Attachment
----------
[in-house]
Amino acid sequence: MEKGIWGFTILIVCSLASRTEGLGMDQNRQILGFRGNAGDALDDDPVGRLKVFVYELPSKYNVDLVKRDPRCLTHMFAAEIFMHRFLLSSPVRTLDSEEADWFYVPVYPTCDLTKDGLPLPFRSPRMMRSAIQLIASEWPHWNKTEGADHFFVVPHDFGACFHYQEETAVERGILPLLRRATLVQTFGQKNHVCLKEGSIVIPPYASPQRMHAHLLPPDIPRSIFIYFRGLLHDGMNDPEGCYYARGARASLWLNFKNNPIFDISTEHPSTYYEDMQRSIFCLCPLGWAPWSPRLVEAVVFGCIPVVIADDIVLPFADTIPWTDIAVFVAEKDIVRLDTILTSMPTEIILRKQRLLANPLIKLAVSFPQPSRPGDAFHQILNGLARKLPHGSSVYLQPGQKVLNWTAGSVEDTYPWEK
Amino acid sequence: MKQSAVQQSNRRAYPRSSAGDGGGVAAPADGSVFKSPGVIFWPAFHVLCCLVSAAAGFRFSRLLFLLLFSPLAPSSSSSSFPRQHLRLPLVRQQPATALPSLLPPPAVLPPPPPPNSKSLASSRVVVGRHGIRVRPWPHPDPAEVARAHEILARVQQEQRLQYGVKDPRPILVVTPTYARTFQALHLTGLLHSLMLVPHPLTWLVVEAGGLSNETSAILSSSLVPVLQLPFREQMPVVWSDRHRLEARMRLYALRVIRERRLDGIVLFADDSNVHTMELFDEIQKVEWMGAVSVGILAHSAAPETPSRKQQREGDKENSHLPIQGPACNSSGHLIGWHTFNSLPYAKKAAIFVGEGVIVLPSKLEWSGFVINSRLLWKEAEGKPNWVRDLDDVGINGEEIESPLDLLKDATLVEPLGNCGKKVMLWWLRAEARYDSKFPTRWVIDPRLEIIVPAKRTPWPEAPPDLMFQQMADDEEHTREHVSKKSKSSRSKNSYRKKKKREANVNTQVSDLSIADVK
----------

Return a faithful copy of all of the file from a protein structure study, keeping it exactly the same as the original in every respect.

[in-house]
Amino acid sequence: MEKGIWGFTILIVCSLASRTEGLGMDQNRQILGFRGNAGDALDDDPVGRLKVFVYELPSKYNVDLVKRDPRCLTHMFAAEIFMHRFLLSSPVRTLDSEEADWFYVPVYPTCDLTKDGLPLPFRSPRMMRSAIQLIASEWPHWNKTEGADHFFVVPHDFGACFHYQEETAVERGILPLLRRATLVQTFGQKNHVCLKEGSIVIPPYASPQRMHAHLLPPDIPRSIFIYFRGLLHDGMNDPEGCYYARGARASLWLNFKNNPIFDISTEHPSTYYEDMQRSIFCLCPLGWAPWSPRLVEAVVFGCIPVVIADDIVLPFADTIPWTDIAVFVAEKDIVRLDTILTSMPTEIILRKQRLLANPLIKLAVSFPQPSRPGDAFHQILNGLARKLPHGSSVYLQPGQKVLNWTAGSVEDTYPWEK
Amino acid sequence: MKQSAVQQSNRRAYPRSSAGDGGGVAAPADGSVFKSPGVIFWPAFHVLCCLVSAAAGFRFSRLLFLLLFSPLAPSSSSSSFPRQHLRLPLVRQQPATALPSLLPPPAVLPPPPPPNSKSLASSRVVVGRHGIRVRPWPHPDPAEVARAHEILARVQQEQRLQYGVKDPRPILVVTPTYARTFQALHLTGLLHSLMLVPHPLTWLVVEAGGLSNETSAILSSSLVPVLQLPFREQMPVVWSDRHRLEARMRLYALRVIRERRLDGIVLFADDSNVHTMELFDEIQKVEWMGAVSVGILAHSAAPETPSRKQQREGDKENSHLPIQGPACNSSGHLIGWHTFNSLPYAKKAAIFVGEGVIVLPSKLEWSGFVINSRLLWKEAEGKPNWVRDLDDVGINGEEIESPLDLLKDATLVEPLGNCGKKVMLWWLRAEARYDSKFPTRWVIDPRLEIIVPAKRTPWPEAPPDLMFQQMADDEEHTREHVSKKSKSSRSKNSYRKKKKREANVNTQVSDLSIADVK